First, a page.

Print Friendly and PDF

Lhermitte's sign (pronounced Ler-meets) is a sudden sensation resembling an electric shock that passes down the back of your neck and into your spine and may then radiate out into your arms and legs. It is usually triggered by bending your head forward towards your chest. It is also known as Lhermitte's syndrome or barber’s chair syndrome. It can be a symptom of multiple sclerosis but also occurs in other conditions.

 

What is Lhermitte’s sign?

Lhermitte's sign is a sudden, brief, sometimes buzzing sensation like an electric shock that moves down your neck into your spine. The neck pain may move into your arms and legs and sometimes to your fingers and toes. It is usually triggered by bending your neck so that your head moves down with your chin moving towards your chest. This trigger gives Lhermitte's sign its alternative name of barber’s chair syndrome as this movement is similar to when you move your head forward to let the barber cut the back of your hair.

Lhermitte’s sign is classed as a type of nerve (neuropathic) pain. It usually only lasts a few seconds but can be very intense. For some people, it is painful but for others it just feels a bit strange. It is not life-threatening. Lhermitte’s sign is an example of paroxysmal symptoms. where there is a sudden onset of a neurological symptom, or a cluster of symptoms, that lasts only for seconds or a few minutes at most. Like many paroxysmal symptoms, Lhermitte's sign may come and go over time.

It was named after the French neurologist, Jean Lhermitte, who first described it in 1924.

What causes Lhermitte’s sign?

In multiple sclerosis, Lhermitte’s sign is caused by damaged nerves responding to the movement of the neck. The movement causes inappropriate communication between the nerves because they are no longer fully protected by their myelin sheath. Sometimes the brain interprets the messages as pain even though there is no physical cause for the pain.

Although Lhermitte’s sign is common in multiple sclerosis, it can occur in other conditions so, if you do not already have a diagnosis of MS, you should consult a health professional to get the correct diagnosis.

How many people get Lhermitte’s sign?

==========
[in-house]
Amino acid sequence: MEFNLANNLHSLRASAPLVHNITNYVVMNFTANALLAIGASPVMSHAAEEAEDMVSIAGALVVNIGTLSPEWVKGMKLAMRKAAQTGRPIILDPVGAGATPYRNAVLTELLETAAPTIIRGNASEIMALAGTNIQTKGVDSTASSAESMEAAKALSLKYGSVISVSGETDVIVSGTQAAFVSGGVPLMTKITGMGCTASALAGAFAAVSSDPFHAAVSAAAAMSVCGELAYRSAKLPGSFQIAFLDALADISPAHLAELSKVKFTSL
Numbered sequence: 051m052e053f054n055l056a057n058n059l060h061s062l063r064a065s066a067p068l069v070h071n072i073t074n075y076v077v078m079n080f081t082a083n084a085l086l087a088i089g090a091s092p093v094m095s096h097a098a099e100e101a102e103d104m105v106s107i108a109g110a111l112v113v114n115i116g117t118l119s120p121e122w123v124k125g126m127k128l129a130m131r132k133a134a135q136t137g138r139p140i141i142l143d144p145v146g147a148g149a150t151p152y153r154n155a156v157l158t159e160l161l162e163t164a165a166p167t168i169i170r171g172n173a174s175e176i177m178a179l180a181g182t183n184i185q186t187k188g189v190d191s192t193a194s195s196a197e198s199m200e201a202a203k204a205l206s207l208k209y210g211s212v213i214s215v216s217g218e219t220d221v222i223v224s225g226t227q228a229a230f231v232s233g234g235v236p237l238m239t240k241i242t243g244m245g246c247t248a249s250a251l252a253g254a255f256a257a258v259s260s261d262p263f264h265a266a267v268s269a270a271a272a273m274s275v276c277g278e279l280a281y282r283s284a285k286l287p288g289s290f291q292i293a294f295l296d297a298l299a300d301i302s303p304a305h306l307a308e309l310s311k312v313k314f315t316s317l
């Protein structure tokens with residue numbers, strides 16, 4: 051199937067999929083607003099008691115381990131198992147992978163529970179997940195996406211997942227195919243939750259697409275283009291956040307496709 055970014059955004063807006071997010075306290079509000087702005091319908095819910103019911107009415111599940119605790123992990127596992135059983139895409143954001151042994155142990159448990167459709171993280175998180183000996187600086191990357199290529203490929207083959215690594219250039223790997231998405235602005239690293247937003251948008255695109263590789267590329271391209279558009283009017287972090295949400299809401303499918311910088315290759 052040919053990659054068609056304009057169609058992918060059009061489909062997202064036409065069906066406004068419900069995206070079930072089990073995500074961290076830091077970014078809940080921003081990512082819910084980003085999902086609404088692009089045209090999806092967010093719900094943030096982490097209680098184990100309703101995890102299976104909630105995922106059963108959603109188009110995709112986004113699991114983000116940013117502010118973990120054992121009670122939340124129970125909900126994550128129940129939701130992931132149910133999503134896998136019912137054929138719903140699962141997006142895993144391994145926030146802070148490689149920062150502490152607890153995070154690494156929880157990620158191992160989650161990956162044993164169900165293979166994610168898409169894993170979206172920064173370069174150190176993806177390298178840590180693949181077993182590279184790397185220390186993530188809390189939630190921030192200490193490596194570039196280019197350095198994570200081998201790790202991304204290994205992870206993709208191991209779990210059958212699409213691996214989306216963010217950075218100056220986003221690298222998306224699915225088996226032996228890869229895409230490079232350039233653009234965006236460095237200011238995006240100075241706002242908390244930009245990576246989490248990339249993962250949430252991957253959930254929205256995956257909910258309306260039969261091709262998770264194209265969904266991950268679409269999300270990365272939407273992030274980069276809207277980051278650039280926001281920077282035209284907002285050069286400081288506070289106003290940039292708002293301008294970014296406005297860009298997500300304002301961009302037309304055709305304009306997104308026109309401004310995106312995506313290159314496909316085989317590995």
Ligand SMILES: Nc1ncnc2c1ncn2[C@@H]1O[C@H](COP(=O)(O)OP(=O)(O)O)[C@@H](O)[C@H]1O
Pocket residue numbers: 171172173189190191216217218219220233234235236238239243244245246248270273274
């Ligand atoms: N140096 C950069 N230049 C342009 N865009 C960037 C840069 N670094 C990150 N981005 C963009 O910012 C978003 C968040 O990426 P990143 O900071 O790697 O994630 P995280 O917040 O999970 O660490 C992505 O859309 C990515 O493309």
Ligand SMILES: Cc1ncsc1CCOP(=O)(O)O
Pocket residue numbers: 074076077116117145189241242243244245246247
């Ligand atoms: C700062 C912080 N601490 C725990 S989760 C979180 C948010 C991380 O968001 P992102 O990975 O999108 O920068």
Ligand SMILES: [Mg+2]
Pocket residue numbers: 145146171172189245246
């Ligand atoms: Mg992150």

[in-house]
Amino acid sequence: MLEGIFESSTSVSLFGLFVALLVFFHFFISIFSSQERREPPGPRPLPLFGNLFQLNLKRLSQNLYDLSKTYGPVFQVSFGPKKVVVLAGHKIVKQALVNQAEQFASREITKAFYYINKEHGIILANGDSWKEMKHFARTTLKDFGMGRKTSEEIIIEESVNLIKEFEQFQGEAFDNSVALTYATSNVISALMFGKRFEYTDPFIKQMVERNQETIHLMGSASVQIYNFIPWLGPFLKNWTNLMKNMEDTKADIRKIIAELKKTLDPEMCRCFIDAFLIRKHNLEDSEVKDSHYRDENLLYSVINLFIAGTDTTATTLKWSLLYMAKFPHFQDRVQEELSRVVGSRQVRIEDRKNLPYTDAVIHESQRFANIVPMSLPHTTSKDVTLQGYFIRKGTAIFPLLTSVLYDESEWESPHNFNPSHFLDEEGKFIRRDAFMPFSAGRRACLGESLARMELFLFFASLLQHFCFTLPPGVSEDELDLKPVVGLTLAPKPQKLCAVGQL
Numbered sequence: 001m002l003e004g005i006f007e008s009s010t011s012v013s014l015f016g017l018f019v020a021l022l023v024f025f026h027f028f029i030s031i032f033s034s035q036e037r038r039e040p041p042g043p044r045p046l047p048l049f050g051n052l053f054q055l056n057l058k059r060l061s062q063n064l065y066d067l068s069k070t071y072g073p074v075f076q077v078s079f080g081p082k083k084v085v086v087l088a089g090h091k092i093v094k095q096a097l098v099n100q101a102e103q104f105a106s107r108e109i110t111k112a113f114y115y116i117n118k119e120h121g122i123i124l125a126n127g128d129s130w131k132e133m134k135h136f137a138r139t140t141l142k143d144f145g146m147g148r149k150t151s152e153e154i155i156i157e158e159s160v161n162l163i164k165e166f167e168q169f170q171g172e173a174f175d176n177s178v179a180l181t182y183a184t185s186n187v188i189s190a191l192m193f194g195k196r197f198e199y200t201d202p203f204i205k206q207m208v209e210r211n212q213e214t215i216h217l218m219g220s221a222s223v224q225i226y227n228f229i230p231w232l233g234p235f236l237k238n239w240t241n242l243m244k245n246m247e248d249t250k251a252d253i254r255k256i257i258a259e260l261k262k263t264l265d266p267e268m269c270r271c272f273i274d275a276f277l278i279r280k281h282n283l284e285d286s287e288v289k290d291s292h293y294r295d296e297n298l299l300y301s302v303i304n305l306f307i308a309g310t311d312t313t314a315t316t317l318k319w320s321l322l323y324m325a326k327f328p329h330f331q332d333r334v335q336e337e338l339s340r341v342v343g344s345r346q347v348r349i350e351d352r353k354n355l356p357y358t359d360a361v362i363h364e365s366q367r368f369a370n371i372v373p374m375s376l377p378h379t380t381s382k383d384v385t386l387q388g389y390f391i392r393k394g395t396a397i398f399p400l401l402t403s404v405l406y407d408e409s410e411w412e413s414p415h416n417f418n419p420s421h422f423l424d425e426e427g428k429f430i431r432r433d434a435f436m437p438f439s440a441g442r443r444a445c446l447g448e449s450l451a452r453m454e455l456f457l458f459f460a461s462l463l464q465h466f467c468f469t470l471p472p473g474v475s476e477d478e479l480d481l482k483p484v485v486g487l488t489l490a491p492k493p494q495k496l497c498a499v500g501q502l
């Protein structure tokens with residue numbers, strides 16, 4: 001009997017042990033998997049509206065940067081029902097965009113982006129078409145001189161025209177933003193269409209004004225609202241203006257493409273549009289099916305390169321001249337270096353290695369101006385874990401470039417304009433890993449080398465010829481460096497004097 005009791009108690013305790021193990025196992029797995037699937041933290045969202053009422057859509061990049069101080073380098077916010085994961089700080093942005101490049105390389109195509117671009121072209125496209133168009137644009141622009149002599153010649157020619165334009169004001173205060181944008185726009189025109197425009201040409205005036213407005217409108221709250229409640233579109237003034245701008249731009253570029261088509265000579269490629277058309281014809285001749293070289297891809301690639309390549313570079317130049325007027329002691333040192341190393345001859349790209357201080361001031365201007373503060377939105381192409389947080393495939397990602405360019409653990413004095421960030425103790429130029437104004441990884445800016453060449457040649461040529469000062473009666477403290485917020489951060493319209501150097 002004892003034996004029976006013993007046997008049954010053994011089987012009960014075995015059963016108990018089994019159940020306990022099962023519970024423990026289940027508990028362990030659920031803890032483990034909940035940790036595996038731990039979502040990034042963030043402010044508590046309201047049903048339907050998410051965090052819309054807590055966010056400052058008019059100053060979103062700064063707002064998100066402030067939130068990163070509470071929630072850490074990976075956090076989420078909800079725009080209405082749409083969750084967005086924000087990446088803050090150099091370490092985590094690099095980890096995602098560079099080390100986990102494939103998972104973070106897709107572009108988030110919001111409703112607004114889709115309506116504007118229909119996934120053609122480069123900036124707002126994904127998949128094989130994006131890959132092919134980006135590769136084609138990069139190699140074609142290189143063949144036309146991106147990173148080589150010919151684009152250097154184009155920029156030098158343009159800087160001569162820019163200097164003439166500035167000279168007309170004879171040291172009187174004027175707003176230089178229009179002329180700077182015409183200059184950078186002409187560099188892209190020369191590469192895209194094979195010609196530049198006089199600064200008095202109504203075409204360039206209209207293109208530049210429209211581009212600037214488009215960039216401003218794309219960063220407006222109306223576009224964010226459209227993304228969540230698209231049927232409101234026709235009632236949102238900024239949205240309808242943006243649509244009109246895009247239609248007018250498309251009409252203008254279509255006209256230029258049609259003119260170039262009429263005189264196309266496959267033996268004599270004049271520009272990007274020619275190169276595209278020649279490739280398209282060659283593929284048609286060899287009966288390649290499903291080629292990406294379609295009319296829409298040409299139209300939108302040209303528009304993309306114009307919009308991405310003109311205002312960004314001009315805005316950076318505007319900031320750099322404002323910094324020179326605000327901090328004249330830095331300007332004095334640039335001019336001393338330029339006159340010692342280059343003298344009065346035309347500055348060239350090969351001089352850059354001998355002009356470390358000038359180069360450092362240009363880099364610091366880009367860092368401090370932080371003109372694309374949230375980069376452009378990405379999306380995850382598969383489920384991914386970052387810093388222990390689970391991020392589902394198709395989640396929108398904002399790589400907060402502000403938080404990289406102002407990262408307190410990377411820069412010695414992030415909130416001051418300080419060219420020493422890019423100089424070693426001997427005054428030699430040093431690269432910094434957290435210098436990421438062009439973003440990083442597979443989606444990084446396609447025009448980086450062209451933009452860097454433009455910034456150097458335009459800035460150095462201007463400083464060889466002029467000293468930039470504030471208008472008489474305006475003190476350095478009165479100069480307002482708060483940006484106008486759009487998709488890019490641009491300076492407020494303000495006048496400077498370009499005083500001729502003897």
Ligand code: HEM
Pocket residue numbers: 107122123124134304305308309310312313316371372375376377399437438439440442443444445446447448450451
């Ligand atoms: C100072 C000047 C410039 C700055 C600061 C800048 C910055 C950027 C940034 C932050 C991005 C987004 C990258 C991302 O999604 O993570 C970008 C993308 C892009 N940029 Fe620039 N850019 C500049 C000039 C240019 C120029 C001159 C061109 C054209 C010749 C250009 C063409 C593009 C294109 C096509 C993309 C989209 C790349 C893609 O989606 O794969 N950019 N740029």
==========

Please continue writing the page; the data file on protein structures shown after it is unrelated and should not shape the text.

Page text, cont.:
A review in 2013 of past studies of the prevalence of different kinds of pain in people with MS showed that, on average, 16 in every 100 had Lhermitte’s sign. This was confirmed in a study of 694 people with MS which was published in 2015. The likelihood of experiencing Lhermitte’s sign did not correspond to someone’s age, gender, level of disability, as judged by their EDSS score, or how long they had been diagnosed.

What can I do if I have Lhermitte’s sign?

As Lhermitte’s sign is usually triggered by certain movements of the neck, you could try avoiding these whenever possible. As with many other MS symptoms, fatigue, stress and heat can also be triggers so it can help to pace yourself carefully, manage your stress levels and keep cool in hot weather.

Lhermitte’s sign can be unsettling as it appears without warning. Mindfulness can make it easier to live in the present moment, rather than wondering if Lhermitte’s sign will affect you unexpectedly. Relaxation techniques such as meditation and massage can be helpful. You can read more about nerve pain in MS and managing pain yourself.

How is Lhermitte’s sign treated?

Lhermitte’s sign is rarely treated as the pain is so sharp and sudden that it does not usually last long enough for pain treatments to take effect. However, there are some treatments that may help if the symptom is particularly troublesome. Talk to your MS nurse, neurologist or GP about your options.

Support collars

A soft neck brace or collar can limit how much your neck moves and minimise triggering Lhermitte’s sign.

Posture

A physiotherapist may be able to suggest ways that you can improve your overall posture to help prevent an attack. You may be taught progressive muscle relaxation techniques, deep breathing exercises or stretching exercises which can take the edge off your pain.

TENS

Electrical stimulating devices, such as TENS (transcutaneous electrical nerve stimulation), are helpful for some people.

Drug treatments

The drug treatments for Lhermitte’s sign are the same as for other types of neuropathic pain, usually amitriptyline (Triptafen), duloxetine (Cymbalta), gabapentin (Neurontin) or pregabalin (Lyrica) in the first instance.

References

  • Beckmann Y, et al. Reassessment of Lhermitte's sign in multiple sclerosis. Acta neurologica Belgica. 2015 Apr 5. [Epub ahead of print] Summary
  • Foley PL, et al. Prevalence and natural history of pain in adults with multiple sclerosis: systematic review and meta-analysis. Pain. 2013;154(5):632-642. Summary

Last updated: 21 September 2015
This page will be reviewed within three years